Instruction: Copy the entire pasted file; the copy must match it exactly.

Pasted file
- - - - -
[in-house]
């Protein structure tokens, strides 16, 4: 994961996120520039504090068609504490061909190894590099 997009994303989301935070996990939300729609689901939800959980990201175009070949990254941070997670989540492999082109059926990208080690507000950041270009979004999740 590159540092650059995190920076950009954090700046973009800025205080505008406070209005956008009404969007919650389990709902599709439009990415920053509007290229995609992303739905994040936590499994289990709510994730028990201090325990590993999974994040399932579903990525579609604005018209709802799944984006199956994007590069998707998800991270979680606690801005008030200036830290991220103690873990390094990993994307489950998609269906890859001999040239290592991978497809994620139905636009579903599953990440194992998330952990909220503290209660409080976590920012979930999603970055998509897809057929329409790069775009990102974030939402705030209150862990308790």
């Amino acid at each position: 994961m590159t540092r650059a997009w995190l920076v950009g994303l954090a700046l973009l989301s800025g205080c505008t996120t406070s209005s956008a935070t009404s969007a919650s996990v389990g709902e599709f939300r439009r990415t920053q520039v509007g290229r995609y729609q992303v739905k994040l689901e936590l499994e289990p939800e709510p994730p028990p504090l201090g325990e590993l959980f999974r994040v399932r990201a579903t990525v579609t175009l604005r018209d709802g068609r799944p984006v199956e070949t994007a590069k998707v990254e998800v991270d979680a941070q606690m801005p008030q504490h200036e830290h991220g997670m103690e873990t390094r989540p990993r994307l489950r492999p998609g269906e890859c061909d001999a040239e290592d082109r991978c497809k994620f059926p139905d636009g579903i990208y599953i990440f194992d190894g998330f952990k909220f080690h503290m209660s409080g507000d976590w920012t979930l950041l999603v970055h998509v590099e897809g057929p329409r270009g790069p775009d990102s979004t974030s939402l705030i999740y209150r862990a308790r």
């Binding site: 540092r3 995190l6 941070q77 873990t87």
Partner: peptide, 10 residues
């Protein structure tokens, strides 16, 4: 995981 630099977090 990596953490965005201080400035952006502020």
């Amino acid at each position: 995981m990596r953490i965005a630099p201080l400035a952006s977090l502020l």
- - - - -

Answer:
[in-house]
């Protein structure tokens, strides 16, 4: 994961996120520039504090068609504490061909190894590099 997009994303989301935070996990939300729609689901939800959980990201175009070949990254941070997670989540492999082109059926990208080690507000950041270009979004999740 590159540092650059995190920076950009954090700046973009800025205080505008406070209005956008009404969007919650389990709902599709439009990415920053509007290229995609992303739905994040936590499994289990709510994730028990201090325990590993999974994040399932579903990525579609604005018209709802799944984006199956994007590069998707998800991270979680606690801005008030200036830290991220103690873990390094990993994307489950998609269906890859001999040239290592991978497809994620139905636009579903599953990440194992998330952990909220503290209660409080976590920012979930999603970055998509897809057929329409790069775009990102974030939402705030209150862990308790």
């Amino acid at each position: 994961m590159t540092r650059a997009w995190l920076v950009g994303l954090a700046l973009l989301s800025g205080c505008t996120t406070s209005s956008a935070t009404s969007a919650s996990v389990g709902e599709f939300r439009r990415t920053q520039v509007g290229r995609y729609q992303v739905k994040l689901e936590l499994e289990p939800e709510p994730p028990p504090l201090g325990e590993l959980f999974r994040v399932r990201a579903t990525v579609t175009l604005r018209d709802g068609r799944p984006v199956e070949t994007a590069k998707v990254e998800v991270d979680a941070q606690m801005p008030q504490h200036e830290h991220g997670m103690e873990t390094r989540p990993r994307l489950r492999p998609g269906e890859c061909d001999a040239e290592d082109r991978c497809k994620f059926p139905d636009g579903i990208y599953i990440f194992d190894g998330f952990k909220f080690h503290m209660s409080g507000d976590w920012t979930l950041l999603v970055h998509v590099e897809g057929p329409r270009g790069p775009d990102s979004t974030s939402l705030i999740y209150r862990a308790r």
């Binding site: 540092r3 995190l6 941070q77 873990t87």
Partner: peptide, 10 residues
């Protein structure tokens, strides 16, 4: 995981 630099977090 990596953490965005201080400035952006502020």
């Amino acid at each position: 995981m990596r953490i965005a630099p201080l400035a952006s977090l502020l």